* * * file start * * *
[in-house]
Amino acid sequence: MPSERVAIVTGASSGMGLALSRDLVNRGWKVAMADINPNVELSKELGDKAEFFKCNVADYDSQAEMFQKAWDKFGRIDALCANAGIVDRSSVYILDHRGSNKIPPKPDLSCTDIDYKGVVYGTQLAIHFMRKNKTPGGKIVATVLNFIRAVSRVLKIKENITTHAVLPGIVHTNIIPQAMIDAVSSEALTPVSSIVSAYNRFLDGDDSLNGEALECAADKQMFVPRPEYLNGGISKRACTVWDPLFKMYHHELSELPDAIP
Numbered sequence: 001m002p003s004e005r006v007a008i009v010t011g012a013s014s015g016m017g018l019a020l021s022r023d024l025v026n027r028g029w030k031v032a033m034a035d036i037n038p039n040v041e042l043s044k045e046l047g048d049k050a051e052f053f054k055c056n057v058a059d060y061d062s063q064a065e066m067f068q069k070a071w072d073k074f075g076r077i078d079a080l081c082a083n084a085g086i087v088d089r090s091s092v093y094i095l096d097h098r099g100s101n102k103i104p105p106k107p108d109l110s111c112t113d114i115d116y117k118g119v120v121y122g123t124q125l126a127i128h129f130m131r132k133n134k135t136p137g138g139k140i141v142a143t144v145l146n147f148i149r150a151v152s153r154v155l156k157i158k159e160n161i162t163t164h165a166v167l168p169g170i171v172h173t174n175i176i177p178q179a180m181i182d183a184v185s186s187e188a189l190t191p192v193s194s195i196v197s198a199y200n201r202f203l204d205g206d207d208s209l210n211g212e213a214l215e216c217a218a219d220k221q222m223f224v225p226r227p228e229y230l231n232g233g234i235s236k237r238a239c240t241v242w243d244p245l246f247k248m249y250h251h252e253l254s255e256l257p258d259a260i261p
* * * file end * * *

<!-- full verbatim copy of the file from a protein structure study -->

[in-house]
Amino acid sequence: MPSERVAIVTGASSGMGLALSRDLVNRGWKVAMADINPNVELSKELGDKAEFFKCNVADYDSQAEMFQKAWDKFGRIDALCANAGIVDRSSVYILDHRGSNKIPPKPDLSCTDIDYKGVVYGTQLAIHFMRKNKTPGGKIVATVLNFIRAVSRVLKIKENITTHAVLPGIVHTNIIPQAMIDAVSSEALTPVSSIVSAYNRFLDGDDSLNGEALECAADKQMFVPRPEYLNGGISKRACTVWDPLFKMYHHELSELPDAIP
Numbered sequence: 001m002p003s004e005r006v007a008i009v010t011g012a013s014s015g016m017g018l019a020l021s022r023d024l025v026n027r028g029w030k031v032a033m034a035d036i037n038p039n040v041e042l043s044k045e046l047g048d049k050a051e052f053f054k055c056n057v058a059d060y061d062s063q064a065e066m067f068q069k070a071w072d073k074f075g076r077i078d079a080l081c082a083n084a085g086i087v088d089r090s091s092v093y094i095l096d097h098r099g100s101n102k103i104p105p106k107p108d109l110s111c112t113d114i115d116y117k118g119v120v121y122g123t124q125l126a127i128h129f130m131r132k133n134k135t136p137g138g139k140i141v142a143t144v145l146n147f148i149r150a151v152s153r154v155l156k157i158k159e160n161i162t163t164h165a166v167l168p169g170i171v172h173t174n175i176i177p178q179a180m181i182d183a184v185s186s187e188a189l190t191p192v193s194s195i196v197s198a199y200n201r202f203l204d205g206d207d208s209l210n211g212e213a214l215e216c217a218a219d220k221q222m223f224v225p226r227p228e229y230l231n232g233g234i235s236k237r238a239c240t241v242w243d244p245l246f247k248m249y250h251h252e253l254s255e256l257p258d259a260i261p